Will they cut off heads at the SNTE?

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Will they cut off heads at the SNTE?
Juan Díaz and José Antonio Meade, the candidate that led them to the abyss
English 09/07/2018 12:46 Mexico City Opinion: Under Reserve Actualizada 12:46
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Will they cut off heads at the SNTE?

We're told that under total secrecy, the National Education Workers Syndicate (SNTE), led by Juan Díaz, will hold an important conclave today, referred by the teachers' union as the National Secretariat's Extraordinary Session. After forming an alliance during the elections with the PRI, through the New Alliance Party, the union's political wing, which was presided by Elba Esther Gordillo for years. We're told that the teachers surely will have a lot to debate and discuss. They also told us, in detail how, the assembly asks their union members for discretion, so much that until early Monday morning will they reveal the location of the secret conclave, and later, “the strategic content of the agenda to develop”. They point out that the teacher’s actions, the presidential election, and the bad political decisions might be evaluated. They don't rule out, we're told, that even Juan might question his permanence because of the stampede that's forming after Andrés Manuel López Obrador's victory. Did the SNTE lose the bet? Will they cut off heads?

Roberto Albores and the millionaire contracts

The PRI candidate to the Chiapas Government, Roberto Albores Gleason, shouldn't be worried about his third place during July 1st elections, but because among some local politicians, it's claimed that when he led the PRI in Chiapas, he hired over 500 companies during his 3-year-term as the State Leader. We're told that among them there are contracts with 15 different companies, worth almost MXN $185 million. They explain that according to the contracts list that was made public by the party, between 2013 and 2015, during Albores's presidency, some contracts start from MXN $7 and up to MXN $41 million and that it wasn't possible to identify what did these companies did for the PRI in Chiapas because they only published the supplier list and the assigned sum on their transparency website. So, in these case, the least of Roberto's worries will be the election loss.

“It wasn't a joke, it was a protest”

Last Sunday, in this section, we said that on Friday Mexico appeared before the Committee on the Elimination of Discrimination against Women and that one of Miguel Ruiz Cabañas's comment to the President of the Committee, Dalia Leinarte, raised some feminist brows in Geneva, Switzerland. She gave him a minute to answer a question, to which Ruiz Cabañas replied: “I can't even answer my wife in one minute”. Trough a letter, the ambassador laments the way his comment was interpreted: “I never intended to make a joke or prank”, he says. Mr. Miguel explains that it wasn't a joke, but a protest because the Committee president interrupted the delegation several times and didn't give them enough time to answer the experts properly. And that when one of the experts made a particularly complex question and they were given the floor, the president announced that they only had one minute to answer. Indeed, his answer was that not even his wife gets a reply that fast and that she's the woman who better knows him after 35 years of marriage, and that he couldn't even answer her properly in just one minute. It wasn't a joke, it was a complaint. It was a complaint after the continuous interruptions made by the president.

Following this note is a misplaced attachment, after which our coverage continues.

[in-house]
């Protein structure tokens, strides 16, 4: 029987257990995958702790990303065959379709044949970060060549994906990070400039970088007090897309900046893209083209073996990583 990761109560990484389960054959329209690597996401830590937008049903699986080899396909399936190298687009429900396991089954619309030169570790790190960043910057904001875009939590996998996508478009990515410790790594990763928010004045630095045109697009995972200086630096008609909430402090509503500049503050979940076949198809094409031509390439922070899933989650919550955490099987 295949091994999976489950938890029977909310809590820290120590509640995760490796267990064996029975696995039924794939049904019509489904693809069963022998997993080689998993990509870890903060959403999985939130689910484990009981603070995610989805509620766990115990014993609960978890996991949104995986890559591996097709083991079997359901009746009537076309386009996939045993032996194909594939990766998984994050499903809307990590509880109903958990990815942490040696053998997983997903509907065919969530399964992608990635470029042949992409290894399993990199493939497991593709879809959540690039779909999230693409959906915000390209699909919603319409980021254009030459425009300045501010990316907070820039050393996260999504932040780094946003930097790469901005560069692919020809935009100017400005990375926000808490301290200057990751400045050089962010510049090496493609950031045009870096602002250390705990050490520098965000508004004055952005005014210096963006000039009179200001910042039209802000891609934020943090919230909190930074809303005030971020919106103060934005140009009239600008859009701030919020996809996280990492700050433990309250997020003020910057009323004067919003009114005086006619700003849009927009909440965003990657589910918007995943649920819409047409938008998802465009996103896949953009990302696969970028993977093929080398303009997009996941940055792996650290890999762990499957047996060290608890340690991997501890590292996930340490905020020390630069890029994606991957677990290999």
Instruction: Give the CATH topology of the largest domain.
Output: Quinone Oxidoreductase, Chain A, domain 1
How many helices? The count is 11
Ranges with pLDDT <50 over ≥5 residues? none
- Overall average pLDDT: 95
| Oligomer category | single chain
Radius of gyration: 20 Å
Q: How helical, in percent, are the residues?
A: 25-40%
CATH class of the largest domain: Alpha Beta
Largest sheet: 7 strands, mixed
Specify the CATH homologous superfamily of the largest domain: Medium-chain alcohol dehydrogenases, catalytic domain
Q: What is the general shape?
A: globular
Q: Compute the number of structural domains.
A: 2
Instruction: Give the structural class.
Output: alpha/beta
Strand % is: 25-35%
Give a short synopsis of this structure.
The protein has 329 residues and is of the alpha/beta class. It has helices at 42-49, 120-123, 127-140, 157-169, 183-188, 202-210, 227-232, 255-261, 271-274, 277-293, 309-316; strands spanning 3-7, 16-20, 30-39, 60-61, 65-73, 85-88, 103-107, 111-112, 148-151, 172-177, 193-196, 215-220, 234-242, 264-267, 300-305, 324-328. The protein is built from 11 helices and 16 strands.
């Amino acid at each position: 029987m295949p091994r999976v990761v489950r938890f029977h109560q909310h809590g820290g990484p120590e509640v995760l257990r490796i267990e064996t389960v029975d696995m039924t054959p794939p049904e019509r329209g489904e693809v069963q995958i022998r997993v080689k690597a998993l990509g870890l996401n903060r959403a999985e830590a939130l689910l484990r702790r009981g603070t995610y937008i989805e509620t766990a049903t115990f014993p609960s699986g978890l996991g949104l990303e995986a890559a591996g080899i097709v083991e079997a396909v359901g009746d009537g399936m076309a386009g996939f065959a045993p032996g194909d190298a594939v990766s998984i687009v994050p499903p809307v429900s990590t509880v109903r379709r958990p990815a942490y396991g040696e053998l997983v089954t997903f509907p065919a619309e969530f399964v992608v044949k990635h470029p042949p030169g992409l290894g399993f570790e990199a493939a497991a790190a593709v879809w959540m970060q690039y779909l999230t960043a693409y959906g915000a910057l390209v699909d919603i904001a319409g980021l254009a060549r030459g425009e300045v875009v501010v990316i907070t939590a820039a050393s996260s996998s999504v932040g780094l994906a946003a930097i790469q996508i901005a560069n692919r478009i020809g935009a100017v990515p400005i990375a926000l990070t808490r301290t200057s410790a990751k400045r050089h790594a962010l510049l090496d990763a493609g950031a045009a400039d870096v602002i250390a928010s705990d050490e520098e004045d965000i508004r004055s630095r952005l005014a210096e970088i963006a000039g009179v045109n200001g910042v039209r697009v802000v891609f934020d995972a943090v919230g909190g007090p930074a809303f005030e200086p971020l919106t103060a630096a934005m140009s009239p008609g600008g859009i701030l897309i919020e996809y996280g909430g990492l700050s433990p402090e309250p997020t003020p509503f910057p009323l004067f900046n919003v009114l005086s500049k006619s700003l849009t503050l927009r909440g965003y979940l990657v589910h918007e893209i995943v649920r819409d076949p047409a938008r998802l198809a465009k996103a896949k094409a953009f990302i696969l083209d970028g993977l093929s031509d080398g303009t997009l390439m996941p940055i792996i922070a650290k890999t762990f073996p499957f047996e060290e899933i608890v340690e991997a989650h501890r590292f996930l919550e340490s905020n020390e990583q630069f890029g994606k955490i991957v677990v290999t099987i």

A dike for AMLO

We're told that there have been rumors in the Senate that the PRI and PAN, who will be a minority in the next term, might create new fast-track reforms during an extraordinary term to limit the new President, Andrés Manuel López Obrador, in areas such as anti-corruption and the Attorney General to place their allies. Nevertheless, we're told that that would have two problems. Firstly, it would affect the smooth transition agreed by President Peña Nieto and AMLO, and secondly, that since last week the Senate fired the commission’s technical staff. So if someone thinks that they can pull off those reforms to build a dike around AMLO, we're told, that they don't know the Senate and its schedule works.

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